Last Thursday when I was uptomyeyeballs in unsolvable problems and ready to snap I left the cafe in the care of the neighbourhood and ran away again. I didn’t get far actually but I enjoyed being alone and able to think and sleep and relax and get a few things done. And I came back with some clarity and some direction that might lead to solutions.
And in my absence neighbours looked after the cafe and cleaned and shopped and entertained each other. We may not have a lot of staff, but we have a really big team. And somehow this feels like progress.
It is a strange and awkward honour to be singled out for something that is so fundamentally collaborative. When I saw the long list of women who were nominated in the Community-Building category, it seemed to represent the great engagement that is happening here in Hamilton. And it takes many.
It takes investment, commitment and even risk-taking from organizations like the City of Hamilton and the Hamilton Community Foundation. It takes guidance and wisdom from people like David Derbyshire, our local leader in community development. It takes the involvement of all the people in the neighbourhood, like Julie Hooper, who is always helping everyone. The kids call her the Neighbourhood Fairy God Mother.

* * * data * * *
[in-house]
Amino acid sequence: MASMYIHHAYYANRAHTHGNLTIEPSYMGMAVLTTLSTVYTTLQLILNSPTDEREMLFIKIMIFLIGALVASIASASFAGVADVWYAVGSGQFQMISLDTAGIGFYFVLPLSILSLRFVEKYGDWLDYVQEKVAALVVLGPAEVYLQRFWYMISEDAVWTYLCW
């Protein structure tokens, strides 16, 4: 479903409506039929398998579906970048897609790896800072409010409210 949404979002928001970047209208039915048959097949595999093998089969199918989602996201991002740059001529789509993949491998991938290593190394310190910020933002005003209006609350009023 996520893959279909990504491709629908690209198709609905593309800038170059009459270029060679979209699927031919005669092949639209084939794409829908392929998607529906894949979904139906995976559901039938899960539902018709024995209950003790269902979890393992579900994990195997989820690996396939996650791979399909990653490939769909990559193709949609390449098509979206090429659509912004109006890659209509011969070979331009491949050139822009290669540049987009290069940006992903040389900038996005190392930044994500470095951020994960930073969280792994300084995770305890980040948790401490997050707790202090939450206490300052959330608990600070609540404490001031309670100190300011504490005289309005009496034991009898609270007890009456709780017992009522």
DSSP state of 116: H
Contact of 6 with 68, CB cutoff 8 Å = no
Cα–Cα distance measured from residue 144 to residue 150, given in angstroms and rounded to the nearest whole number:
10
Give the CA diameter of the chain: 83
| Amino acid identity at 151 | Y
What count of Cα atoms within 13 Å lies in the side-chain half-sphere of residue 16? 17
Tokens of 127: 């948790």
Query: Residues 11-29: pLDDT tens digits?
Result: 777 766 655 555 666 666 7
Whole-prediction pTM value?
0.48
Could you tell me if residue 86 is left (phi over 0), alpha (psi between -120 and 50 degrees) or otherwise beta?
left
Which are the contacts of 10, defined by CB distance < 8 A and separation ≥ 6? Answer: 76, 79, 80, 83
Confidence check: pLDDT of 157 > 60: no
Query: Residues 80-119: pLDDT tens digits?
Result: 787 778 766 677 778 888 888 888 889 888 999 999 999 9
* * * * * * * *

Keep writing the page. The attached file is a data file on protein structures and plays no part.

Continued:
From my place in the cafe I can see and hear about all the effort that you and you and you are putting into our community, and so it seemed… awkward to be singled out. And yet, the more I thought about the team effort, the more I wished we did have some recognition, some symbol that said, “Look what we’ve done so far!” At the Award Gala I got a glimpse of what is going on across the city in so many neighbourhoods, in so many fields and disciplines and I realized that we really are living in an oasis of hope.
I also came to understand that the large organizations need US for leadership and guidance. It is not enough to say “fix this”, we have to be able to say, “here is the problem, here is our proposed solution, these are the people who are on board to help in this way, here is what it will cost, here is how long it will take, here is what we hope to accomplish and here is how it will sustain itself or grow or end the problem. AND, here is what we need you to do.” I don’t know why this only came to me last night. Learning things the hard way…
Thanks to Lynne Manns for nominating me and to all the people who wrote letters. I learned an awful lot from this experience. I feel as if all of us are thanking each other, congratulating each other and saying. “What’s next?”
Collaboration is the magic and together we can build the future we want.